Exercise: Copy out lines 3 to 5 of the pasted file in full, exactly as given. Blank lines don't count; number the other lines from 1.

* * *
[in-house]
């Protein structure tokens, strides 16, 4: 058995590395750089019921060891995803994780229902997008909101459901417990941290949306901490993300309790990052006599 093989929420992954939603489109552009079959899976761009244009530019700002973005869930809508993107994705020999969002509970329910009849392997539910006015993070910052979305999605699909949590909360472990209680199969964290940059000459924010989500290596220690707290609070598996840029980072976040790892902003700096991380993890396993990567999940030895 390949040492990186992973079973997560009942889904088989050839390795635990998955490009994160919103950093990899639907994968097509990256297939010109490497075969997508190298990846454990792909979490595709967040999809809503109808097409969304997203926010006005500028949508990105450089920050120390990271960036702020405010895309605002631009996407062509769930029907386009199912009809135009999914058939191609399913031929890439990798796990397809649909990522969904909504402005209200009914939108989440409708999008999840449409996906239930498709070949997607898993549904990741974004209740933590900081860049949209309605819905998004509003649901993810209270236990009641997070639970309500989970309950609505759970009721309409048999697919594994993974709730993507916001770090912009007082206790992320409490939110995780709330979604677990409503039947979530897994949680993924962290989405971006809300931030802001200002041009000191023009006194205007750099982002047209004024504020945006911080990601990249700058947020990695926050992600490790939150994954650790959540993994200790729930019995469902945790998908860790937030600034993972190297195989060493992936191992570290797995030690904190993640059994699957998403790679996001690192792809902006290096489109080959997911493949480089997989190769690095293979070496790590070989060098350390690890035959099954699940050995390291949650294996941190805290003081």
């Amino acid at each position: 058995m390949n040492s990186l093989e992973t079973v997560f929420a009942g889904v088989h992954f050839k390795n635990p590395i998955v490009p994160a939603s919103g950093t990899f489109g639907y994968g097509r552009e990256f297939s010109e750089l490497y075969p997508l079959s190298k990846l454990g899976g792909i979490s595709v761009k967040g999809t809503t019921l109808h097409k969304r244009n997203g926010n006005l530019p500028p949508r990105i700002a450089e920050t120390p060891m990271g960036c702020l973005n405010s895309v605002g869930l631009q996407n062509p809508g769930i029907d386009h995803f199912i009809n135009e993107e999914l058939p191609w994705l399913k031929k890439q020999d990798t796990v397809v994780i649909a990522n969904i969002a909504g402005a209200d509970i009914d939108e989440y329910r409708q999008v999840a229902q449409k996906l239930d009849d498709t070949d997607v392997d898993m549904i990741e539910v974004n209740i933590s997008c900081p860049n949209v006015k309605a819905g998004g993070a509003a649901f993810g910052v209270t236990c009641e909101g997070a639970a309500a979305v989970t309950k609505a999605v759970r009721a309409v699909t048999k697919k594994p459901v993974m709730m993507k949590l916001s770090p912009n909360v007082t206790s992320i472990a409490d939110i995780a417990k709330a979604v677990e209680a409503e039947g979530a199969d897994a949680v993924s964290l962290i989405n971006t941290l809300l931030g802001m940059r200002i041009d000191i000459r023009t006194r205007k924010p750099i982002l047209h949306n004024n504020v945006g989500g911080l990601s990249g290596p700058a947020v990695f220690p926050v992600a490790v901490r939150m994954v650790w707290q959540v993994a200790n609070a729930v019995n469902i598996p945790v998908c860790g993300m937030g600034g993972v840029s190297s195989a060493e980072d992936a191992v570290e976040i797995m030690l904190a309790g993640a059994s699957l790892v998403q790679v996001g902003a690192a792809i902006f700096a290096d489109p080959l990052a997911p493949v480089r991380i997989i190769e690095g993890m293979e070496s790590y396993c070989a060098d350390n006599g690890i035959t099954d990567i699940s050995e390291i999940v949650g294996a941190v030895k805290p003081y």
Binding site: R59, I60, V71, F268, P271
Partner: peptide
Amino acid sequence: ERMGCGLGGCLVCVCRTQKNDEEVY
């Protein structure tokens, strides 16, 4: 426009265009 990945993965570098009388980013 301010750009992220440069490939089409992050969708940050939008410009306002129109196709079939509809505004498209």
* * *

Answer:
């Amino acid at each position: 058995m390949n040492s990186l093989e992973t079973v997560f929420a009942g889904v088989h992954f050839k390795n635990p590395i998955v490009p994160a939603s919103g950093t990899f489109g639907y994968g097509r552009e990256f297939s010109e750089l490497y075969p997508l079959s190298k990846l454990g899976g792909i979490s595709v761009k967040g999809t809503t019921l109808h097409k969304r244009n997203g926010n006005l530019p500028p949508r990105i700002a450089e920050t120390p060891m990271g960036c702020l973005n405010s895309v605002g869930l631009q996407n062509p809508g769930i029907d386009h995803f199912i009809n135009e993107e999914l058939p191609w994705l399913k031929k890439q020999d990798t796990v397809v994780i649909a990522n969904i969002a909504g402005a209200d509970i009914d939108e989440y329910r409708q999008v999840a229902q449409k996906l239930d009849d498709t070949d997607v392997d898993m549904i990741e539910v974004n209740i933590s997008c900081p860049n949209v006015k309605a819905g998004g993070a509003a649901f993810g910052v209270t236990c009641e909101g997070a639970a309500a979305v989970t309950k609505a999605v759970r009721a309409v699909t048999k697919k594994p459901v993974m709730m993507k949590l916001s770090p912009n909360v007082t206790s992320i472990a409490d939110i995780a417990k709330a979604v677990e209680a409503e039947g979530a199969d897994a949680v993924s964290l962290i989405n971006t941290l809300l931030g802001m940059r200002i041009d000191i000459r023009t006194r205007k924010p750099i982002l047209h949306n004024n504020v945006g989500g911080l990601s990249g290596p700058a947020v990695f220690p926050v992600a490790v901490r939150m994954v650790w707290q959540v993994a200790n609070a729930v019995n469902i598996p945790v998908c860790g993300m937030g600034g993972v840029s190297s195989a060493e980072d992936a191992v570290e976040i797995m030690l904190a309790g993640a059994s699957l790892v998403q790679v996001g902003a690192a792809i902006f700096a290096d489109p080959l990052a997911p493949v480089r991380i997989i190769e690095g993890m293979e070496s790590y396993c070989a060098d350390n006599g690890i035959t099954d990567i699940s050995e390291i999940v949650g294996a941190v030895k805290p003081y």
Binding site: R59, I60, V71, F268, P271
Partner: peptide